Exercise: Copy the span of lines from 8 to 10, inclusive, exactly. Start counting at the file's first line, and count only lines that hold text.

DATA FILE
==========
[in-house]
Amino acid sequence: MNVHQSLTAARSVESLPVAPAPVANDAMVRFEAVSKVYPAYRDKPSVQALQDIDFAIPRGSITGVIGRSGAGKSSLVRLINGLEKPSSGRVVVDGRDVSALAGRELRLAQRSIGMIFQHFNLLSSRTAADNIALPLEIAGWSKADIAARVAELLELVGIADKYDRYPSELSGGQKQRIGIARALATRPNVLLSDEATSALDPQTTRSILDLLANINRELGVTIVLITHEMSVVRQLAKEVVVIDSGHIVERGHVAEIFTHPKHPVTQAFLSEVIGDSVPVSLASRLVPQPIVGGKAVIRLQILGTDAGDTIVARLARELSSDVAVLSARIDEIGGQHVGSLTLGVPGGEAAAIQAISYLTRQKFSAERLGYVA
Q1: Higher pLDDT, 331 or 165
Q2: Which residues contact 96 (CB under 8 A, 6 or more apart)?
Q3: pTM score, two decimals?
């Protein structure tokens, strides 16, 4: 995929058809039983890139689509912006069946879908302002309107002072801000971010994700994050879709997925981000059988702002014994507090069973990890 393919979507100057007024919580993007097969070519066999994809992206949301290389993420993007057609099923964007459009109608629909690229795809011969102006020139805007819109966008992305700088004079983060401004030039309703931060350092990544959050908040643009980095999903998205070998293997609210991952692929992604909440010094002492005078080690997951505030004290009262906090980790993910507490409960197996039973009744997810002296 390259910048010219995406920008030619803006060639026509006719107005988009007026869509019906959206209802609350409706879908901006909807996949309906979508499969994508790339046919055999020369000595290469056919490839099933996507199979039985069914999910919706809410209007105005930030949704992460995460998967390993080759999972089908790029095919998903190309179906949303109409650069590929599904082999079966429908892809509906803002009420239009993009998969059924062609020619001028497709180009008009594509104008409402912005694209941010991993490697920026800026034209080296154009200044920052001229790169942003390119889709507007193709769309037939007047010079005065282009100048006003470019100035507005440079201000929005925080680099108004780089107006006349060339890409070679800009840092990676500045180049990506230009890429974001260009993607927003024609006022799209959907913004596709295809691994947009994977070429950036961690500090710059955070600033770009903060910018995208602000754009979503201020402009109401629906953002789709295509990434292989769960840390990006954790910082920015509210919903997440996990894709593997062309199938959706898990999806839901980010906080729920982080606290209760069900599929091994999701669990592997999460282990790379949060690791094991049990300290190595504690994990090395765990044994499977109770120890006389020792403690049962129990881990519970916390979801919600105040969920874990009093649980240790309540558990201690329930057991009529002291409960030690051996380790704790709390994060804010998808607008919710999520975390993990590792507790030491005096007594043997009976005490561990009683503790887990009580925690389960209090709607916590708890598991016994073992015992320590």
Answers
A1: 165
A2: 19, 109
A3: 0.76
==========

A1: 165
A2: 19, 109
A3: 0.76